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Do banks appraise internal capital markets during credit shocks? Evidence from the Greek crisis

Panagiotis Avramidis, Ioannis Asimakopoulos (), Dimitrios Malliaropulos and Nickolaos G. Travlos

Journal of Financial Intermediation, 2021, vol. 45, issue C

Abstract: Using data of bank loans to Greek firms during the Greek crisis we provide evidence that affiliated firms, having access to the internal capital markets of their associated group, are less likely to default on their loans. Furthermore, banks require lower loan collateral coverage from affiliated firms and are less likely to downgrade the affiliates’ credit profile. Finally, banks are more likely to show forbearance to affiliated firms with non-performing loans. The results are consistent with the view that banks manage their relationships with firms in a business group jointly, as opposed to viewing each firm as an independent entity. Our findings also suggest that the value of risk sharing through internal capital markets increases when external financing is scarce.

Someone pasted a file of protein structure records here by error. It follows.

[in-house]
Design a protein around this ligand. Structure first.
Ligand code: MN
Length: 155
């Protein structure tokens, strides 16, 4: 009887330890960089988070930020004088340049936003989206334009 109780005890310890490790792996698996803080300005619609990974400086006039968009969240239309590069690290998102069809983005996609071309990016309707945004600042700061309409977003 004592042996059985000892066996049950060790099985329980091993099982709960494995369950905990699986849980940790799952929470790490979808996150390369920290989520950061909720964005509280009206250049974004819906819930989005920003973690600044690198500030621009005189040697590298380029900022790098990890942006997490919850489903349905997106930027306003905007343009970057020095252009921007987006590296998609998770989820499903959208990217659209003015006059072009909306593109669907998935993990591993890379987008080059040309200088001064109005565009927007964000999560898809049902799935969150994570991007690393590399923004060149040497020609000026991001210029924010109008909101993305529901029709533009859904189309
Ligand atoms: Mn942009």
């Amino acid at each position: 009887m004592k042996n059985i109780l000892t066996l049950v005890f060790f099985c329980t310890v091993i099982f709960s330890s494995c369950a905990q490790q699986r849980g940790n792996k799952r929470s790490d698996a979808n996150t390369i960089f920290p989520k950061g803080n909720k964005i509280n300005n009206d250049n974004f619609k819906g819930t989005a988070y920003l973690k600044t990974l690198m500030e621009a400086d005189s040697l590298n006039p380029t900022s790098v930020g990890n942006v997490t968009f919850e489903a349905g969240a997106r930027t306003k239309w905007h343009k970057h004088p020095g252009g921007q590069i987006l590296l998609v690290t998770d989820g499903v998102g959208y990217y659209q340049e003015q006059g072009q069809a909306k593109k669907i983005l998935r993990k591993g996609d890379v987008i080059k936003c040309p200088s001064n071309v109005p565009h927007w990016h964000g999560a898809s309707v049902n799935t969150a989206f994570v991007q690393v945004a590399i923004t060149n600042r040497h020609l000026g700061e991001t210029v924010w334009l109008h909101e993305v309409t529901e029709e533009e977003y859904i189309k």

Keywords: Internal capital markets; Non-performing loans; Bank relationship; Credit shock (search for similar items in EconPapers)
JEL-codes: C23 G01 G21 G32 (search for similar items in EconPapers)
Date: 2021
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DOI: 10.1016/j.jfi.2020.100855

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